Gift of Life or artificial perfection?

This week is designated as the 'Week for Life' and therefore several events were held in the European Parliament. This Wednesday, under the auspices of Slovak MEP Branislav Škripek, there was an international conference titled "Gift of Life or artificial perfection." Co-organizers were ECPM, CARE for Europe and New Women for Europe.

The topic was chosen intentionally, in response to a legislative act adopted in the UK. This act allows three or four parents IVF. Before the adoption of this law, many MEPs, including Branislav Škripek, wrote a letter to the British prime minister and the UK parliament to not approve this law in which one child will have three or more parents. Unfortunately the law was still adopted. Nevertheless, it is important to discuss this law and therefore Branislav Škripek organized this forum.

Mr Škripek introduced the event by saying: "We now live lives that can be described as nice and pleasant. On the other hand, we reject what is sick, imperfect, ugly and old. As if the current status of mankind is the perfect idea of ​​life and we do everything possible to resemble this distorted view all over the world.” Škripek continued: "This attitude, in fact, does not respect life, but we try to "artificially " change it according to our liking. And thanks to technical progress, unfortunately, it proved to be possible. "

An invitation to the debate was given to prominent experts. One of them was professor of bioethics and medical law at St. Mary University of London - Dr. Trevor Stammers.

In his speech he focused on the explanation of the principle of "in vitro fertilization" techniques with genetic information from three or four parents. It is actually an experiment; no one knows what will happen. Supporters of this technique argue that it is necessary to prevent the transmission of diseases from mother to child. But Dr. Trevor Stammers opposed: "It isn't true that by this we prevent genetic diseases among newly born children. The reason is that not all genetic diseases are derived from the mother.” Similarly, we cannot predict what harm to embryos develops within the life of the child. This can cause other medical conditions. "There are a lot of questions on genetic engineering, on which we do not know the answer. At the same time, this technique is indirectly circumventing the ban on cloning.” Finally, Dr. Stammers said: "The worst thing is that, although we do not know far-reaching consequences, this experiment has been approved in the UK."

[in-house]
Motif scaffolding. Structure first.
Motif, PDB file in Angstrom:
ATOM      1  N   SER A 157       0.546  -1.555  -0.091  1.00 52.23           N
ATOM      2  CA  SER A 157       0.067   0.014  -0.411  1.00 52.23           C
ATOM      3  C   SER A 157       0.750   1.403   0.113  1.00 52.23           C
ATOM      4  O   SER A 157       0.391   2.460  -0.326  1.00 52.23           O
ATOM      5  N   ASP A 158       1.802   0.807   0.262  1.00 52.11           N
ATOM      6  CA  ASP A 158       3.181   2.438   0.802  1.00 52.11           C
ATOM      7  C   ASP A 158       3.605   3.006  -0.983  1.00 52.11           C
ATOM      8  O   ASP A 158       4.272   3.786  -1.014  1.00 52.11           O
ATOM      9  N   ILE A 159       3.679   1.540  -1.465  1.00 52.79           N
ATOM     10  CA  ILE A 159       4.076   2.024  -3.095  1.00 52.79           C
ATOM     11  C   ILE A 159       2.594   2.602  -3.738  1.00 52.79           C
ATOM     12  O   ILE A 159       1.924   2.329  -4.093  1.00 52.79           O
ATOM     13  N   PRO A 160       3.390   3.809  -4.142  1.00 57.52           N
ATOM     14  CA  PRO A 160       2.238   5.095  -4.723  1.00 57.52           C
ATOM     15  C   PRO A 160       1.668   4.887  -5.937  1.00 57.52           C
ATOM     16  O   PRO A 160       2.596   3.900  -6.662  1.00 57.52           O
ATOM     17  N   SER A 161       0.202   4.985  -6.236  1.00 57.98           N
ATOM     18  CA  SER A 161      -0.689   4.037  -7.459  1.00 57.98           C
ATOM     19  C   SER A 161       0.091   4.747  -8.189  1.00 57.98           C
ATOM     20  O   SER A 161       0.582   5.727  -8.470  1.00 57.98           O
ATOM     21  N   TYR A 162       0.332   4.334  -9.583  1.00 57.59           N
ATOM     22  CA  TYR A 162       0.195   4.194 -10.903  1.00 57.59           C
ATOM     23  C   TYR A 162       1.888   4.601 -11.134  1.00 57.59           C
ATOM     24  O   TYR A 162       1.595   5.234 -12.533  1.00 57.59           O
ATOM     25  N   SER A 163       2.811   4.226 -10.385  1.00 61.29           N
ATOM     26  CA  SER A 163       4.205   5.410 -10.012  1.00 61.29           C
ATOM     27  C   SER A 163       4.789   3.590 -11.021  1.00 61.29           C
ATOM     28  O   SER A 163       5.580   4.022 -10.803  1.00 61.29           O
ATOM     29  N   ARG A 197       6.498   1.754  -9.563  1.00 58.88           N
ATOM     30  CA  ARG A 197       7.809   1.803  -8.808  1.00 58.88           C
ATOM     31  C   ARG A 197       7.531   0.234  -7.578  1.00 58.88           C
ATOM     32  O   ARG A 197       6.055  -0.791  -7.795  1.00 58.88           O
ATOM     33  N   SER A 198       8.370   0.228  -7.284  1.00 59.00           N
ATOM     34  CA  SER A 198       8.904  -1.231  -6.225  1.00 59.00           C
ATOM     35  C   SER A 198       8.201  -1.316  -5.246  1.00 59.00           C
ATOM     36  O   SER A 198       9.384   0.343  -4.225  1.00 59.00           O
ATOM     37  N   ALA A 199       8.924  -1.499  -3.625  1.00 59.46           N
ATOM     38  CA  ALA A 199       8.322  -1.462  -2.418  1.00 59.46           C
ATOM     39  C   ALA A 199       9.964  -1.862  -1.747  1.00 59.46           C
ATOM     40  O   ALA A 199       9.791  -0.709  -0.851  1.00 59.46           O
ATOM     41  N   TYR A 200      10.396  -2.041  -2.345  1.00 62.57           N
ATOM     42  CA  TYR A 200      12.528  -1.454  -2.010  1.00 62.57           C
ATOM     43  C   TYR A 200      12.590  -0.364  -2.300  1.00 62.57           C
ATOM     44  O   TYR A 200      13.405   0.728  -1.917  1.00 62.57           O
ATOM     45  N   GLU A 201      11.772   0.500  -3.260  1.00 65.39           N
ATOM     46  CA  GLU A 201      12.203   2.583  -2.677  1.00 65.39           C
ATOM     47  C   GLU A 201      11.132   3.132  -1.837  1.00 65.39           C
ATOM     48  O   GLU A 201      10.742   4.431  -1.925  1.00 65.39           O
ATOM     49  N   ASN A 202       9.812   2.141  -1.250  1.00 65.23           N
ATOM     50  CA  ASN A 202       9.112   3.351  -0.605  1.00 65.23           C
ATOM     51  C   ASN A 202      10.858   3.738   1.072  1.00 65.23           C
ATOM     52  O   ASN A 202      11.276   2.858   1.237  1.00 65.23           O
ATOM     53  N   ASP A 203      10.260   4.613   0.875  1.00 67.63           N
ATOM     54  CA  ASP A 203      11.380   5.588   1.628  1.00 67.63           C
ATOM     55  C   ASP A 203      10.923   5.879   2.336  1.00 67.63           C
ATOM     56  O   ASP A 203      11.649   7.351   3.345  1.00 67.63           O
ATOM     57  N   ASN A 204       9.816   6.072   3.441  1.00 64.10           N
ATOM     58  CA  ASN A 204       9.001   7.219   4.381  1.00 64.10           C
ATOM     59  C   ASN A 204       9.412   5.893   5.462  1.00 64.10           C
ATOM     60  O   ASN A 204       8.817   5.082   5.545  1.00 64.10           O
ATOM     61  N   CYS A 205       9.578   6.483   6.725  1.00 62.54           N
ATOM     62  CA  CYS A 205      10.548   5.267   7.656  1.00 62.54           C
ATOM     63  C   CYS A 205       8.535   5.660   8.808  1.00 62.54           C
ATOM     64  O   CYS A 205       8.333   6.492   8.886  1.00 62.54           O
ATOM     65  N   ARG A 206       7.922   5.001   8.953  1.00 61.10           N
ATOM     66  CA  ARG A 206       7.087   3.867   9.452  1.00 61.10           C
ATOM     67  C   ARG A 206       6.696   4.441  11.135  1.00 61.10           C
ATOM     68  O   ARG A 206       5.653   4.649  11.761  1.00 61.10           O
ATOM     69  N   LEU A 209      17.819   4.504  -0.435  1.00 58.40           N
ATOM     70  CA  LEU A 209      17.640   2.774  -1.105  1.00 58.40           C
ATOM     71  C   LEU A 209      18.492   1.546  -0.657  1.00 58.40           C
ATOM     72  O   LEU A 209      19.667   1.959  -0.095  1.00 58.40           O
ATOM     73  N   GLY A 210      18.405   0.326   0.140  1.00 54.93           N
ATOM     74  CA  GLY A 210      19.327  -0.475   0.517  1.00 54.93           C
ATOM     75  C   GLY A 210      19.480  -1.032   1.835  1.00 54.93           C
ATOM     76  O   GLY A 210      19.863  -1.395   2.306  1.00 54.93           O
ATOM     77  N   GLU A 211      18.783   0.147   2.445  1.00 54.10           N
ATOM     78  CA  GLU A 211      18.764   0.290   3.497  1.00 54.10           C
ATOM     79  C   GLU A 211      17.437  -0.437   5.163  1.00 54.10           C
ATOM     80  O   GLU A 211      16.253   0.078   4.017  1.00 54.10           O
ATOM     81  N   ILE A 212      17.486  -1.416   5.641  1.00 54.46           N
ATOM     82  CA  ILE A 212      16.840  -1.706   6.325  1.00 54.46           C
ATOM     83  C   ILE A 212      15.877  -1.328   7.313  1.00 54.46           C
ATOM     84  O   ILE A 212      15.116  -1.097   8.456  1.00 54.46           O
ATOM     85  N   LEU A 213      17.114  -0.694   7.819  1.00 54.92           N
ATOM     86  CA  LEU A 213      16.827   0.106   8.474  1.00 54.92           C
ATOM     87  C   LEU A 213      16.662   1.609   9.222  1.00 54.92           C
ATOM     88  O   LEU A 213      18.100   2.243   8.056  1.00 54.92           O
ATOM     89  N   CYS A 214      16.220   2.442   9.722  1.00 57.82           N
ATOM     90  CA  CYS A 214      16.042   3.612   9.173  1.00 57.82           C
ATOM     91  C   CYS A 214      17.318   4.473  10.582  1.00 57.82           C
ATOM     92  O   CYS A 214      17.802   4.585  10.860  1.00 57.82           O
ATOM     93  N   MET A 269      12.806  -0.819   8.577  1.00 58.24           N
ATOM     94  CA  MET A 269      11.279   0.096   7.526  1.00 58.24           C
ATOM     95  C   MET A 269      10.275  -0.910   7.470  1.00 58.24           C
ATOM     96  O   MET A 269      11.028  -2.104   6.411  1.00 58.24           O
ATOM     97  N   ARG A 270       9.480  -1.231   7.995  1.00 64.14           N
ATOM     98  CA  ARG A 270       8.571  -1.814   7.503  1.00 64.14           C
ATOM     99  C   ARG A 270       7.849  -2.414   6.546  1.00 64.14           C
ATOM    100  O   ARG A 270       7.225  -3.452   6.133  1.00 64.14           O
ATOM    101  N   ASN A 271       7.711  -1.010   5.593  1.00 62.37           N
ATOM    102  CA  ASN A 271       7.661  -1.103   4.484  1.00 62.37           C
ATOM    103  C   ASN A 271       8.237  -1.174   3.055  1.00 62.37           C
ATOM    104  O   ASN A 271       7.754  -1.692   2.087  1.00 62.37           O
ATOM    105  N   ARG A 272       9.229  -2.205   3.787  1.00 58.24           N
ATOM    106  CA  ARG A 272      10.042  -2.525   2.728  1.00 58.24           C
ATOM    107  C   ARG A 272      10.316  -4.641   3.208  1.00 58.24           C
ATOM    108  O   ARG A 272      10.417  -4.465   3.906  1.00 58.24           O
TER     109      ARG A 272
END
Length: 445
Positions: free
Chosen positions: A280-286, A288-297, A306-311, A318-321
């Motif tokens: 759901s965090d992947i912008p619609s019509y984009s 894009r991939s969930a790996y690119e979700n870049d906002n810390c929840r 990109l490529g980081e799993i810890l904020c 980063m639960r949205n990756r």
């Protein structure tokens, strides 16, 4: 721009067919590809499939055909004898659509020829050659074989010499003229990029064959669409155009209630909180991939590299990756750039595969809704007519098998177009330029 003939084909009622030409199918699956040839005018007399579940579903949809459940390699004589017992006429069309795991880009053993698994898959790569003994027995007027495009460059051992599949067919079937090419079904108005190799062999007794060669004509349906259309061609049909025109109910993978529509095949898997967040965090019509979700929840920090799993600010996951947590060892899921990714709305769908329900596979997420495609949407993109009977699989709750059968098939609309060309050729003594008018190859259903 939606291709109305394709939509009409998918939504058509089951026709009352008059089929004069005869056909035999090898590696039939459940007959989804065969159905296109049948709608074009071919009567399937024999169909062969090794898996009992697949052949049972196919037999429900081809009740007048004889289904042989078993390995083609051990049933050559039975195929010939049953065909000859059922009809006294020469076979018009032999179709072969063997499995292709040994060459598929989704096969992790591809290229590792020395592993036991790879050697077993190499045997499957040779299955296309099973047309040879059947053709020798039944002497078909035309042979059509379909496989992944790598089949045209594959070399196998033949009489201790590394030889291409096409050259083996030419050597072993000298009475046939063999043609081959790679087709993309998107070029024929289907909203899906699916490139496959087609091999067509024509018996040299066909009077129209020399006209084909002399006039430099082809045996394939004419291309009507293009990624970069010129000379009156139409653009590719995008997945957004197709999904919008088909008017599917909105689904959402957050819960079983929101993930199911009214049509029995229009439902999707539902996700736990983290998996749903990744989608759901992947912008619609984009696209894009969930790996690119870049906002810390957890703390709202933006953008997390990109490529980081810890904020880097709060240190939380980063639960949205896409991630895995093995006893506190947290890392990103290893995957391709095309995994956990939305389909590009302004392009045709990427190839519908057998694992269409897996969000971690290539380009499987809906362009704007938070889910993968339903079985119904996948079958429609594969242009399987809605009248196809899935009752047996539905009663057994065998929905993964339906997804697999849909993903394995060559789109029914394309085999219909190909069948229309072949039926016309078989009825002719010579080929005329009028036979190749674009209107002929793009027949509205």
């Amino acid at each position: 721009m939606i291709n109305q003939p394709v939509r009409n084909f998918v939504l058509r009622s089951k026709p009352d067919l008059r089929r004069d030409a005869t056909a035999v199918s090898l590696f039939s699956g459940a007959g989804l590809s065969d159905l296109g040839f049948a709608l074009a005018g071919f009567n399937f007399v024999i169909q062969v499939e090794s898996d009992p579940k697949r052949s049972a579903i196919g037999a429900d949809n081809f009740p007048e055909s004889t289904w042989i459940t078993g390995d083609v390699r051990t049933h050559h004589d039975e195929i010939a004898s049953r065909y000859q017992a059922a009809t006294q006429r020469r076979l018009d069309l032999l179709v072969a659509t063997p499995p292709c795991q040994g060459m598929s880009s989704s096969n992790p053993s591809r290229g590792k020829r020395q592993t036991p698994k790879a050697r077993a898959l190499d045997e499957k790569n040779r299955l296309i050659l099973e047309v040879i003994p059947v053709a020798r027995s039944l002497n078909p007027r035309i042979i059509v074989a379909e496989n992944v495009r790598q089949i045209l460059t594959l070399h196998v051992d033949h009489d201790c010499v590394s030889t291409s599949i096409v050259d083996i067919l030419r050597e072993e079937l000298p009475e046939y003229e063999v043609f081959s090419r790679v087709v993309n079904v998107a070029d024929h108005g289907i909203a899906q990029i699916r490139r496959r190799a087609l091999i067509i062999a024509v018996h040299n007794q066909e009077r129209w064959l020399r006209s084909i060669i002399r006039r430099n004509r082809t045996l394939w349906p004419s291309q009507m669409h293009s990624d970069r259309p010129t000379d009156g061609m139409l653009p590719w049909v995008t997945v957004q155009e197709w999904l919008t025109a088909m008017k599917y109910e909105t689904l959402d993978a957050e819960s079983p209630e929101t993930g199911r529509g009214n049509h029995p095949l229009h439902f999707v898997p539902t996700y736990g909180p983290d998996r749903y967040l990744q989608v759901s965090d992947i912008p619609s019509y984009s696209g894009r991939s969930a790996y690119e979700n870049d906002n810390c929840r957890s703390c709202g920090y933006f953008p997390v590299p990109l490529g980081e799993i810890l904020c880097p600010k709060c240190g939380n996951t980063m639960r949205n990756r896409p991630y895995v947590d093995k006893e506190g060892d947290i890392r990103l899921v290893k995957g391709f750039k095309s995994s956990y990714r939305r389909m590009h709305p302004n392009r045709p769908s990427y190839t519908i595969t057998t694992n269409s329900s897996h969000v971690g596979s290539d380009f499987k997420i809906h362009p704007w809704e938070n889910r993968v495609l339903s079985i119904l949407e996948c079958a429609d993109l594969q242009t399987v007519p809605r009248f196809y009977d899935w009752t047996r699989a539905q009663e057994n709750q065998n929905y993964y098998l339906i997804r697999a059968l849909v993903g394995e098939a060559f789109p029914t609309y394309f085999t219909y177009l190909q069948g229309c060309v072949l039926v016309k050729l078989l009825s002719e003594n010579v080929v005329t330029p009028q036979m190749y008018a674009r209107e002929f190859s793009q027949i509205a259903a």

Other speakers were Marie-Véronique de Lespinay (New Women for Europe) and Leo van Doesburg (ECPM).

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